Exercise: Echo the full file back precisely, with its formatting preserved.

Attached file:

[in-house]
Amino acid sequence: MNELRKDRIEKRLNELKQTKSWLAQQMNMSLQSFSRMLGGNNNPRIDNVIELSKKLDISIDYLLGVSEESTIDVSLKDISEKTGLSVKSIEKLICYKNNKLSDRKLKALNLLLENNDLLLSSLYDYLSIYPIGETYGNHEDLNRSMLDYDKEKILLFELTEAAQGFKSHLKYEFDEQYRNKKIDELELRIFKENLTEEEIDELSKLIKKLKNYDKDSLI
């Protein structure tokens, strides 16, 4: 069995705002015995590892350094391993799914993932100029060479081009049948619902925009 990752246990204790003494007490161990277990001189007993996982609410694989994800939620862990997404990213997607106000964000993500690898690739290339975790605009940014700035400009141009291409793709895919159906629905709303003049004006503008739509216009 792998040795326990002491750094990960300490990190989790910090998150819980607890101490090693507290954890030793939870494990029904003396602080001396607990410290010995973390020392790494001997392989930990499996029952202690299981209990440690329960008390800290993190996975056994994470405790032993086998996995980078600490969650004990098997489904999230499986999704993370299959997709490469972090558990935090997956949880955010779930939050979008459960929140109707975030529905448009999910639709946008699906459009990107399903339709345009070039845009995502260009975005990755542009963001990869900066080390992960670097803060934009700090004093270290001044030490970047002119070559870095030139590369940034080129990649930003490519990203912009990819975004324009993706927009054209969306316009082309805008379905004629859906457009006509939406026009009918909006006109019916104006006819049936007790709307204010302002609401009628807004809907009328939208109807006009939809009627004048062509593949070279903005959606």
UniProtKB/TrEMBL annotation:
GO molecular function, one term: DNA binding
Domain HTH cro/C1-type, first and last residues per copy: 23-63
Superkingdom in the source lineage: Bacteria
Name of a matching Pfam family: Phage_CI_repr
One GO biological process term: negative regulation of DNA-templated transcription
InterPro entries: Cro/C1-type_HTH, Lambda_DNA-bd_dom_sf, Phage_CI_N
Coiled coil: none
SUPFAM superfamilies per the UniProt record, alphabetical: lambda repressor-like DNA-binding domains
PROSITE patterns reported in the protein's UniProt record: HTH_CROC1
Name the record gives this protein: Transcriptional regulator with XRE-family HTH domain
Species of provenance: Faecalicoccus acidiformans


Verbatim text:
[in-house]
Amino acid sequence: MNELRKDRIEKRLNELKQTKSWLAQQMNMSLQSFSRMLGGNNNPRIDNVIELSKKLDISIDYLLGVSEESTIDVSLKDISEKTGLSVKSIEKLICYKNNKLSDRKLKALNLLLENNDLLLSSLYDYLSIYPIGETYGNHEDLNRSMLDYDKEKILLFELTEAAQGFKSHLKYEFDEQYRNKKIDELELRIFKENLTEEEIDELSKLIKKLKNYDKDSLI
């Protein structure tokens, strides 16, 4: 069995705002015995590892350094391993799914993932100029060479081009049948619902925009 990752246990204790003494007490161990277990001189007993996982609410694989994800939620862990997404990213997607106000964000993500690898690739290339975790605009940014700035400009141009291409793709895919159906629905709303003049004006503008739509216009 792998040795326990002491750094990960300490990190989790910090998150819980607890101490090693507290954890030793939870494990029904003396602080001396607990410290010995973390020392790494001997392989930990499996029952202690299981209990440690329960008390800290993190996975056994994470405790032993086998996995980078600490969650004990098997489904999230499986999704993370299959997709490469972090558990935090997956949880955010779930939050979008459960929140109707975030529905448009999910639709946008699906459009990107399903339709345009070039845009995502260009975005990755542009963001990869900066080390992960670097803060934009700090004093270290001044030490970047002119070559870095030139590369940034080129990649930003490519990203912009990819975004324009993706927009054209969306316009082309805008379905004629859906457009006509939406026009009918909006006109019916104006006819049936007790709307204010302002609401009628807004809907009328939208109807006009939809009627004048062509593949070279903005959606």
UniProtKB/TrEMBL annotation:
GO molecular function, one term: DNA binding
Domain HTH cro/C1-type, first and last residues per copy: 23-63
Superkingdom in the source lineage: Bacteria
Name of a matching Pfam family: Phage_CI_repr
One GO biological process term: negative regulation of DNA-templated transcription
InterPro entries: Cro/C1-type_HTH, Lambda_DNA-bd_dom_sf, Phage_CI_N
Coiled coil: none
SUPFAM superfamilies per the UniProt record, alphabetical: lambda repressor-like DNA-binding domains
PROSITE patterns reported in the protein's UniProt record: HTH_CROC1
Name the record gives this protein: Transcriptional regulator with XRE-family HTH domain
Species of provenance: Faecalicoccus acidiformans